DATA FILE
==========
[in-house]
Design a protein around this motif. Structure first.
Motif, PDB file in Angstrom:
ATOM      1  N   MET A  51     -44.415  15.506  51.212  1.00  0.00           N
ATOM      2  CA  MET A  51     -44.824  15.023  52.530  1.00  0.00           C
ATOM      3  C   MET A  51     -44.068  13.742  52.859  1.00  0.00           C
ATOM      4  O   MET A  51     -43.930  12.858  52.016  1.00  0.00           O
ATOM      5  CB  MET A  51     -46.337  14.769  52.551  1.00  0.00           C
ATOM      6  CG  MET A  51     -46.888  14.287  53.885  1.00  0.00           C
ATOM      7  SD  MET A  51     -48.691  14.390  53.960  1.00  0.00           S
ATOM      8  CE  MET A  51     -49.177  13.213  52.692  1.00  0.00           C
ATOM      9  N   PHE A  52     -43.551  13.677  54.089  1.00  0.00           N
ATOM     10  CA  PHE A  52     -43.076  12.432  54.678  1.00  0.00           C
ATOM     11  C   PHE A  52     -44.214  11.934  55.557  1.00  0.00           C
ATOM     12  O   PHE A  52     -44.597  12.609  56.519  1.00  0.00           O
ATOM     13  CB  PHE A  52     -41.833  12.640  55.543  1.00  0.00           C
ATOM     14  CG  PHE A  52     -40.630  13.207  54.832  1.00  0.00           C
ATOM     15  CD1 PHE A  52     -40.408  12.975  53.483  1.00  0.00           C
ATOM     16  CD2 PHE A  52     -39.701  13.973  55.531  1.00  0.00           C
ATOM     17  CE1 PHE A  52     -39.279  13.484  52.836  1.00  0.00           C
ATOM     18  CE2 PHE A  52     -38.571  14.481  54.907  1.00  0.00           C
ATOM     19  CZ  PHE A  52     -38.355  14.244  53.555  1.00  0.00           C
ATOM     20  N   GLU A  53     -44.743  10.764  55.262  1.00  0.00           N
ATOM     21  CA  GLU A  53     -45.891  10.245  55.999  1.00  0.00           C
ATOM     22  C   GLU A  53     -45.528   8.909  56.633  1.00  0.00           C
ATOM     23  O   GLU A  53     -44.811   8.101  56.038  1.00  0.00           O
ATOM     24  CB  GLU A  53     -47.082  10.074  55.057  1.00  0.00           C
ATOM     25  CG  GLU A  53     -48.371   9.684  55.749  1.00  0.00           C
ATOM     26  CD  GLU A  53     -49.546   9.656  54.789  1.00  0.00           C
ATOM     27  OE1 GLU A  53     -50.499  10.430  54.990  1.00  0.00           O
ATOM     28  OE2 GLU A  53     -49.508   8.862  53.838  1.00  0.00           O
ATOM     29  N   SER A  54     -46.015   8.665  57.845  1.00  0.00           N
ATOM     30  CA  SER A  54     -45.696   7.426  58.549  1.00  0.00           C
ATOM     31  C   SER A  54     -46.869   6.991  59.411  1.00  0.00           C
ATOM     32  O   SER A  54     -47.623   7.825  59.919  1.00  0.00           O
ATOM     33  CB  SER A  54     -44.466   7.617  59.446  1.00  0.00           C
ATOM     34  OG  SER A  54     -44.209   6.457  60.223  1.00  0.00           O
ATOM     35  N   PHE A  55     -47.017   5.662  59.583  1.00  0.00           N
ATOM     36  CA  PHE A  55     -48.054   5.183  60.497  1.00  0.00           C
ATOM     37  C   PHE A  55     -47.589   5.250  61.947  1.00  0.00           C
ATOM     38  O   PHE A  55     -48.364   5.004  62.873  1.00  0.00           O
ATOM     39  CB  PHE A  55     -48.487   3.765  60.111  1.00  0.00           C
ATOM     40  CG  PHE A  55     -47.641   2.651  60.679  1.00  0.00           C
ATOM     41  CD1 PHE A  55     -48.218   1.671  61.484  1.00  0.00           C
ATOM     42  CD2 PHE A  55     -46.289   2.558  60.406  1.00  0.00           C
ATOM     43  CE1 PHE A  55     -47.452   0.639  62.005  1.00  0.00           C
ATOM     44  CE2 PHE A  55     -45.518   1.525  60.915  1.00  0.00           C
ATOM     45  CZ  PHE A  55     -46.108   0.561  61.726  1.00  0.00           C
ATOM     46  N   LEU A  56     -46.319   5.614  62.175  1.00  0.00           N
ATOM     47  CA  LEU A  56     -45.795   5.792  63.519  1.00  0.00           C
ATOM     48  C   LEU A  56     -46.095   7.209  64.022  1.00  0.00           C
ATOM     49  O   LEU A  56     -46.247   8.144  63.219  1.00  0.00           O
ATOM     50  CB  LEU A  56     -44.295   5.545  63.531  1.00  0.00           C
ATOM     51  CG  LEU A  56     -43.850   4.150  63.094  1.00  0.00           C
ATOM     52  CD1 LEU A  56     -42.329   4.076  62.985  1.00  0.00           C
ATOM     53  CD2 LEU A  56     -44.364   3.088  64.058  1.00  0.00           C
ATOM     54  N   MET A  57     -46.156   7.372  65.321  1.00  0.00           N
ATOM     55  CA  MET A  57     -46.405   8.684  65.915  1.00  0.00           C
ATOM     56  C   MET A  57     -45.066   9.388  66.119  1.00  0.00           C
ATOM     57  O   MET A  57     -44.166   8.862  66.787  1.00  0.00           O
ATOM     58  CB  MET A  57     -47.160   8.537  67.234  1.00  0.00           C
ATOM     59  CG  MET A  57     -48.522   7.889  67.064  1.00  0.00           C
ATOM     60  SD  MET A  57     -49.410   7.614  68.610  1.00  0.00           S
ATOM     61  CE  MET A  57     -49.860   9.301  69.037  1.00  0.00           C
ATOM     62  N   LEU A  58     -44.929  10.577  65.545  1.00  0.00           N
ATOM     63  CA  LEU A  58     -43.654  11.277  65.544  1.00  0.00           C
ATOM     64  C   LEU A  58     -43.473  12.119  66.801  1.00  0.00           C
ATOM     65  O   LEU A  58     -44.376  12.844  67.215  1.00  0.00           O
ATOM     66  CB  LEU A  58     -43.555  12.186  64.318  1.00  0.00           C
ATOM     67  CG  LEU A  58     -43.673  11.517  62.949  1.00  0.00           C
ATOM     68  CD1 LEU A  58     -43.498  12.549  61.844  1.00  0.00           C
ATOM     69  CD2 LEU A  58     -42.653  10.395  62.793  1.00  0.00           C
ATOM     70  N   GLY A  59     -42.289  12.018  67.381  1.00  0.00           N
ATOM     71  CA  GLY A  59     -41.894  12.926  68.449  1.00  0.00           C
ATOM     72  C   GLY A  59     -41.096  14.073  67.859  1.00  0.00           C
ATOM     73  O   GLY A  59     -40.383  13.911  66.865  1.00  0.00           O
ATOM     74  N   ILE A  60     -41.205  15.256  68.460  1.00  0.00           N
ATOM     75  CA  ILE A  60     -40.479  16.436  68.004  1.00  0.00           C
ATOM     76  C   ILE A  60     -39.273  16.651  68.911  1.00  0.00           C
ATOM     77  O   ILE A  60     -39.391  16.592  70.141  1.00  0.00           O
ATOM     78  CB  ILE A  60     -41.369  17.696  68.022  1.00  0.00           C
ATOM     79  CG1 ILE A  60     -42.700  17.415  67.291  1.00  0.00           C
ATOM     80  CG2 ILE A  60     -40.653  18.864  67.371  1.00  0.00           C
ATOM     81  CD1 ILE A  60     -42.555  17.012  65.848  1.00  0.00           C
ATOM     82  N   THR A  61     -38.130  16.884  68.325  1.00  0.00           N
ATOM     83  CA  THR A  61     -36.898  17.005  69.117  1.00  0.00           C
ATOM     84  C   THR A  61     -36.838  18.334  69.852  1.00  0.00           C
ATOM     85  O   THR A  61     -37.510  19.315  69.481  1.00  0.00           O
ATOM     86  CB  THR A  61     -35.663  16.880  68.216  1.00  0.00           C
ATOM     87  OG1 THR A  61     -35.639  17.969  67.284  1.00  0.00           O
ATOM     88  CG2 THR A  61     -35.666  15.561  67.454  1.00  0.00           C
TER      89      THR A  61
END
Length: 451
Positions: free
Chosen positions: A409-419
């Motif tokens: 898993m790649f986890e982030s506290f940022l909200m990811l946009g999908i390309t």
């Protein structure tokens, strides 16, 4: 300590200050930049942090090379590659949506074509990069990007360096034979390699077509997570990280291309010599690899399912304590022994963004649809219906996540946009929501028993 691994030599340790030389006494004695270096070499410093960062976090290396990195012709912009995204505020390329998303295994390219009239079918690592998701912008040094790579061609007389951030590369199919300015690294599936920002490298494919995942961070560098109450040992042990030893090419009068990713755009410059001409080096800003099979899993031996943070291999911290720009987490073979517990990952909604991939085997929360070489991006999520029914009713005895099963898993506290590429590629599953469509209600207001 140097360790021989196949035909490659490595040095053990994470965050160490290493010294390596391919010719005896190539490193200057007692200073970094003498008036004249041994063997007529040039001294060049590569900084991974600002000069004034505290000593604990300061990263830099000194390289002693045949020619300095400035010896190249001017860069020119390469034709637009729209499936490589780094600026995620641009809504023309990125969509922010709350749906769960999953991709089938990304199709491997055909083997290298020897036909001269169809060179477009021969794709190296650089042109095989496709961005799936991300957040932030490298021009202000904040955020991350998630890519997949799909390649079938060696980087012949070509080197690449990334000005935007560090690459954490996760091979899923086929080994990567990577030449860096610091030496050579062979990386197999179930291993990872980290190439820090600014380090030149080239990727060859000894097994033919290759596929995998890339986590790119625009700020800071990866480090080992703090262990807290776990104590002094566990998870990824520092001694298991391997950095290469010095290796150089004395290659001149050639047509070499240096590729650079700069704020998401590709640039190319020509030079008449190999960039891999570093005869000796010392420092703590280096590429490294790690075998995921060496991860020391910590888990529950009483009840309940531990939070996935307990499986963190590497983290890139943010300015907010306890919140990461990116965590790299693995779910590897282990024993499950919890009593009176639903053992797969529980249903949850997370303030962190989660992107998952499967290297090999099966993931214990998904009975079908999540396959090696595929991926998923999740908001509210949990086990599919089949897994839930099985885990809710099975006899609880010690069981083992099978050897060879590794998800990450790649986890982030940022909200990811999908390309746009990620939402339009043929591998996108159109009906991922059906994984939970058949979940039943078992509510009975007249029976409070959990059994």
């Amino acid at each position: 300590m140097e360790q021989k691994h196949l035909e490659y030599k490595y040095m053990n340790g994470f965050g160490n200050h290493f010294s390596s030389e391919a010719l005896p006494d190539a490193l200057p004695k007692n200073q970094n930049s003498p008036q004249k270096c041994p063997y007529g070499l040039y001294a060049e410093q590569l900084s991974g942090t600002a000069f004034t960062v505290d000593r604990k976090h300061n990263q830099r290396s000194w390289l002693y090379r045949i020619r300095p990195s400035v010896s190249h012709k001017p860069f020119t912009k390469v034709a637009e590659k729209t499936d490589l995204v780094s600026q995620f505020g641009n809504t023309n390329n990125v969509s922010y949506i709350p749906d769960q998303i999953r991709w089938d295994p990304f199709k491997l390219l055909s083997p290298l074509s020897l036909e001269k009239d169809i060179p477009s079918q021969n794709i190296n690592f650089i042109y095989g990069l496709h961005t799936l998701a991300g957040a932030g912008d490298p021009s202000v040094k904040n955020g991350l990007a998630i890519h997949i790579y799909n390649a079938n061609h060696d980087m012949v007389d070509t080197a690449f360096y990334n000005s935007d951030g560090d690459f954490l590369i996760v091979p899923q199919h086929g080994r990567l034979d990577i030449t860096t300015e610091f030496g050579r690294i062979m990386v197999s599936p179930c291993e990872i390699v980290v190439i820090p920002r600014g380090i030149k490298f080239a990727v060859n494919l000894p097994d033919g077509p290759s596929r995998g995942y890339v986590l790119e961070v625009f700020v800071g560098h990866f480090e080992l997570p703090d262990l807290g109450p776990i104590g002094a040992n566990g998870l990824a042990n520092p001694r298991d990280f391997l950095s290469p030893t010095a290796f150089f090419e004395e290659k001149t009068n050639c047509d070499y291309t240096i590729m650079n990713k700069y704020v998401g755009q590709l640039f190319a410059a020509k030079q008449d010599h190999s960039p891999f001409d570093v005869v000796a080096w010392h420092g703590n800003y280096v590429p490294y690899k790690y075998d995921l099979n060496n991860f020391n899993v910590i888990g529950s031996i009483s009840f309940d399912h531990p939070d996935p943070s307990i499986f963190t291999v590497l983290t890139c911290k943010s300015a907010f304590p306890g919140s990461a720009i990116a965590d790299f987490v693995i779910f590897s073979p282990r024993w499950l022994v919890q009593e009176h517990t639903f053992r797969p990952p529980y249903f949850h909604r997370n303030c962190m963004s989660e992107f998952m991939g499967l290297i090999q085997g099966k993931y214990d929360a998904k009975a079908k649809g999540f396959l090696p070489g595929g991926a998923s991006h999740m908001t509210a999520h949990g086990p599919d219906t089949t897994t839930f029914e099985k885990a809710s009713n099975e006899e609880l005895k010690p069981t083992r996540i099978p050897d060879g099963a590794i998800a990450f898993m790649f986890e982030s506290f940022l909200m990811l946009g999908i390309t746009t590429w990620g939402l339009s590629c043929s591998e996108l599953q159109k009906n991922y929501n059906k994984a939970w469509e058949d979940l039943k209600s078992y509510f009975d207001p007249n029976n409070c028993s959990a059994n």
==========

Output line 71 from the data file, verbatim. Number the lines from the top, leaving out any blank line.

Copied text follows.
ATOM     68  CD1 LEU A  58     -43.498  12.549  61.844  1.00  0.00           C